I'm starting to think our little shopping center is a magnet for trouble. When your anchor store is a Hostess outlet and the big draw of your shopping center is "cheap bread," you're just asking for trouble. Add in a thrift store and a discount dentist (great guy, but he advertises on price) and your walk in clientele tends not to be the highest echelon of society, and quite often, petty criminals.
Since we opened, we've had two criminal "events" in the store and possibly a third as of this morning. This isn't run of the mill shoplifting, of which we have had a large enough increase to necessitate cameras. These are professional criminals targeting local businesses. Maybe it's the economy. Maybe it's the location. Whatever it is, I've lost a bit of faith in humanity and my profiling skills for deadbeats and nut jobs are becoming finely honed. You can sense the tweaking, the veneer of interest in not one thing, but everything, the general sense that you do not belong. It's not about race, gender or any other factor (ok, maybe class), because I've been ripped off by them all equally, it's just their sense of wrongness in the situation. You just know there's going to be trouble now or later.
Just to be clear, these are not my customers or even potential customers. I believe I am extremely patient with customers, even those who rarely buy anything. At the very least, they belong. They are part of my herd. The rare times I do lose my patience with regular customers, it usually comes from a place of familiarity. If you ever wonder why some game stores tend to be dungeons that only attract gamers, it might be because the general public kind of sucks and the owners, if at all possible, would like to avoid them. Bad for business, possibly better for mental health (the next post will probably be my refuting charges of elitism).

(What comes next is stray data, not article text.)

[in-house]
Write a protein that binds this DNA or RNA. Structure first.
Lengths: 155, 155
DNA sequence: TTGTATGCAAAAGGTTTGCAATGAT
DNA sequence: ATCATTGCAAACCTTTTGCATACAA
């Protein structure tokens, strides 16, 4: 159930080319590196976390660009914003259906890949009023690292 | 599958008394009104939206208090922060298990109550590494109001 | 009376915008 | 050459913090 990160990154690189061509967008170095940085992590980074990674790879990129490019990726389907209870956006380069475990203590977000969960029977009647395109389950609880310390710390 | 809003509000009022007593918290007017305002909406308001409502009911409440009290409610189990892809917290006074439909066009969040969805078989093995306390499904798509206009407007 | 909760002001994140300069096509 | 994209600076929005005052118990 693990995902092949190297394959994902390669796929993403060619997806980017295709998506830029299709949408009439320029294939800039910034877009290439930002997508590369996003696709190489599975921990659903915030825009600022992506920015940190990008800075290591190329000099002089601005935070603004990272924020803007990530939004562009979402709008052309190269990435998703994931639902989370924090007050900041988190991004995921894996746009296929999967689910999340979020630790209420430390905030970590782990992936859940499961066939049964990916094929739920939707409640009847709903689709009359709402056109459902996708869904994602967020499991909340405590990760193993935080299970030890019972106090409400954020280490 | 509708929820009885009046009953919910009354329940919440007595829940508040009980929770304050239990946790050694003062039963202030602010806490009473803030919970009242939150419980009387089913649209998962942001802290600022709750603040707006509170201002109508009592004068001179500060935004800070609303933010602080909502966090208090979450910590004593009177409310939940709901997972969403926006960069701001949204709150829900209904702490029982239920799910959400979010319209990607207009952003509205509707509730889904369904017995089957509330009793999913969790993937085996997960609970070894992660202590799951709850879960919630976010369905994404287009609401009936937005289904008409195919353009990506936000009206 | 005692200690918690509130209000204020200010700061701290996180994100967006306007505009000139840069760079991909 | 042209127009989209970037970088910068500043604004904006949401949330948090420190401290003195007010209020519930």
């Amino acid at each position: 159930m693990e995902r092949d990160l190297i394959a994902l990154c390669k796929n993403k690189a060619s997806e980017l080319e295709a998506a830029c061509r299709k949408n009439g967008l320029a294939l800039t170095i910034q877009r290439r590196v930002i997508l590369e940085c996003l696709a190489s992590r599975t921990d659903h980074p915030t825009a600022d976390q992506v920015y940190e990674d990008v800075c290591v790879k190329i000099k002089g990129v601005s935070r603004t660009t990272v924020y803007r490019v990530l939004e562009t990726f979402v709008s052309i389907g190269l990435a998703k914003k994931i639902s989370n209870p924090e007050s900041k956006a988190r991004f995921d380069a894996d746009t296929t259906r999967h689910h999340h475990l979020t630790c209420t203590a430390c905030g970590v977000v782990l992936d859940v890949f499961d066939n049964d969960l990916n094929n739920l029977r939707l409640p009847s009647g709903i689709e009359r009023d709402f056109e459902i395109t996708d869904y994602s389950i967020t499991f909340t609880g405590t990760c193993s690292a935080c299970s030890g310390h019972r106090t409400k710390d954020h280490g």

The other half of the magnet equation, and far less sinister, are the bargain hunters. They are visiting the shopping center to buy bread and snack foods at a deep discount, to buy clothes and furnishings at a deep discount, and they walk into my store wondering what's for sale and why Mexican Train Game costs more than Wal-Mart. They'll actually walk in without looking at anything and ask what's for sale, as opposed to asking about what we have. They have no interest in games, they just want bargains. Any bargain. I'll point them to the bin of unloved colors (discount paint) and Reaper miniatures on-sale, but they just get confused. That's not a game! It's hard not to lose patience with these folks. If there's anything that can burn you out and grind you down about retail it's these people (oh yeah, and the government). I may rail about shrinking margins (Wizards just dropped the Magic discount by 1%) or low pay, but what will likely do me in at the end are the outsiders.